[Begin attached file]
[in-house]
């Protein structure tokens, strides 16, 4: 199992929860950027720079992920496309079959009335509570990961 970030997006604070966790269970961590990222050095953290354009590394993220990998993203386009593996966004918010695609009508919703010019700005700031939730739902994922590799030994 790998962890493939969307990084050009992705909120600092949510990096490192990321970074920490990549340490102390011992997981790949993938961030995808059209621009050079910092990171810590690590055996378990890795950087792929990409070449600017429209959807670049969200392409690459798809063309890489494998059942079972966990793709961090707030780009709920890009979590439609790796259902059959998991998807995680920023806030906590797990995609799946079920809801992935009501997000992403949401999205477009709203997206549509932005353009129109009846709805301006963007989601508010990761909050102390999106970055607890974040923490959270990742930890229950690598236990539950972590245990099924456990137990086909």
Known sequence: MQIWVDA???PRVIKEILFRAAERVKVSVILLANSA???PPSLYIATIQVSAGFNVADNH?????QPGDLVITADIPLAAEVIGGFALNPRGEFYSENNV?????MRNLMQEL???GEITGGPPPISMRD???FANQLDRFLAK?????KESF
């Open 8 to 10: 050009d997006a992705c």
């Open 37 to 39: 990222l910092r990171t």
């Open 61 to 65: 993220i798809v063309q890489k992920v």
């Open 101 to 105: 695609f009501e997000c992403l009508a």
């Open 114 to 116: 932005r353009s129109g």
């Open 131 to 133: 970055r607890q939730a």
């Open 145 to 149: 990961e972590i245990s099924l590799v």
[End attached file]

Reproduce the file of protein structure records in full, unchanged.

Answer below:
[in-house]
């Protein structure tokens, strides 16, 4: 199992929860950027720079992920496309079959009335509570990961 970030997006604070966790269970961590990222050095953290354009590394993220990998993203386009593996966004918010695609009508919703010019700005700031939730739902994922590799030994 790998962890493939969307990084050009992705909120600092949510990096490192990321970074920490990549340490102390011992997981790949993938961030995808059209621009050079910092990171810590690590055996378990890795950087792929990409070449600017429209959807670049969200392409690459798809063309890489494998059942079972966990793709961090707030780009709920890009979590439609790796259902059959998991998807995680920023806030906590797990995609799946079920809801992935009501997000992403949401999205477009709203997206549509932005353009129109009846709805301006963007989601508010990761909050102390999106970055607890974040923490959270990742930890229950690598236990539950972590245990099924456990137990086909």
Known sequence: MQIWVDA???PRVIKEILFRAAERVKVSVILLANSA???PPSLYIATIQVSAGFNVADNH?????QPGDLVITADIPLAAEVIGGFALNPRGEFYSENNV?????MRNLMQEL???GEITGGPPPISMRD???FANQLDRFLAK?????KESF
């Open 8 to 10: 050009d997006a992705c």
């Open 37 to 39: 990222l910092r990171t």
């Open 61 to 65: 993220i798809v063309q890489k992920v």
């Open 101 to 105: 695609f009501e997000c992403l009508a």
């Open 114 to 116: 932005r353009s129109g």
């Open 131 to 133: 970055r607890q939730a």
């Open 145 to 149: 990961e972590i245990s099924l590799v």